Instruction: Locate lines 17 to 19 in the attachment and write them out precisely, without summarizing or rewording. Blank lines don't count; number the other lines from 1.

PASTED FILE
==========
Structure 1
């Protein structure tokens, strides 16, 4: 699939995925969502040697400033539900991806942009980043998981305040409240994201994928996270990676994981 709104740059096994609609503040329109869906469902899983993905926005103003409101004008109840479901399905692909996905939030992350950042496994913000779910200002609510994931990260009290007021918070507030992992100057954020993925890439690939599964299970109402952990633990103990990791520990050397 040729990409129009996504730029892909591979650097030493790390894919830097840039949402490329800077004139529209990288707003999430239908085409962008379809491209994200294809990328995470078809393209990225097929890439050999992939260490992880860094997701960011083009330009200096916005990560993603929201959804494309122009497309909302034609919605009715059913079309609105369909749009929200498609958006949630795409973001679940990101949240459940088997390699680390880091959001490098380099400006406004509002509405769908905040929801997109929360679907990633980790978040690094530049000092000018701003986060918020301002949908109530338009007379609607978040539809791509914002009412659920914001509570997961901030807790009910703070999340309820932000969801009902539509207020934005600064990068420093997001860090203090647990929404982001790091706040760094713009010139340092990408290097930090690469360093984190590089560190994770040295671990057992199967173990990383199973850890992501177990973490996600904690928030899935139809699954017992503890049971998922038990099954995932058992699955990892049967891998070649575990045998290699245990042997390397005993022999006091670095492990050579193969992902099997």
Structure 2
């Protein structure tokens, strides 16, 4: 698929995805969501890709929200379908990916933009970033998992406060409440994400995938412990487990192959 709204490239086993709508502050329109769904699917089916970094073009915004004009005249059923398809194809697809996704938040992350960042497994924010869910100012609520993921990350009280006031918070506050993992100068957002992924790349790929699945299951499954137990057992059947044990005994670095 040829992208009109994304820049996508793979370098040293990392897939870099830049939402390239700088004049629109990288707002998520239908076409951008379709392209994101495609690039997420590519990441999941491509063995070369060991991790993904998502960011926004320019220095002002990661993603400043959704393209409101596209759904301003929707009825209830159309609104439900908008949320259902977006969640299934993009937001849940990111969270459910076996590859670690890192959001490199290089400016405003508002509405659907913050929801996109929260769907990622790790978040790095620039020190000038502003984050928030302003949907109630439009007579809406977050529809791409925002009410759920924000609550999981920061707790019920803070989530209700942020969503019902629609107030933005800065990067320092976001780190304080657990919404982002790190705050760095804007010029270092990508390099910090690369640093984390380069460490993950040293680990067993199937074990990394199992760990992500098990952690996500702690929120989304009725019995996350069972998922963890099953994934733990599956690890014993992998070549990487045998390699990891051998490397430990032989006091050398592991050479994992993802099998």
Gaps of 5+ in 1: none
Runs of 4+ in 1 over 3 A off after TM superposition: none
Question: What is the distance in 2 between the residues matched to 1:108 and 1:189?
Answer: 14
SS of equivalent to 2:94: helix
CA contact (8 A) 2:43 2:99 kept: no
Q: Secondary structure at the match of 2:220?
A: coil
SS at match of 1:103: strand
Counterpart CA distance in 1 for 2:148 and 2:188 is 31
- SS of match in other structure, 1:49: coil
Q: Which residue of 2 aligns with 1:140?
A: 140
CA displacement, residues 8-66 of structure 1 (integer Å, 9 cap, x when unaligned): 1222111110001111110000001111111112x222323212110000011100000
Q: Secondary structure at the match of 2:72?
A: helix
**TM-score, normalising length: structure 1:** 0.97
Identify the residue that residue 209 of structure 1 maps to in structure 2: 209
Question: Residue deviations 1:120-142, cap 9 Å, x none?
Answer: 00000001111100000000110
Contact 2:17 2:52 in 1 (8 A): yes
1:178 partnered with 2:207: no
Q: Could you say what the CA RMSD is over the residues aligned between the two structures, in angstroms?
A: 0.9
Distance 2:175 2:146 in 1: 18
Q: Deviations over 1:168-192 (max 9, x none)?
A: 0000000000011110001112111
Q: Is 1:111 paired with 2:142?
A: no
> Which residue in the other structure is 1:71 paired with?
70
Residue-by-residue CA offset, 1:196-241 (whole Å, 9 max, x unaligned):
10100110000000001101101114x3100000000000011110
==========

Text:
A: 140
CA displacement, residues 8-66 of structure 1 (integer Å, 9 cap, x when unaligned): 1222111110001111110000001111111112x222323212110000011100000
Q: Secondary structure at the match of 2:72?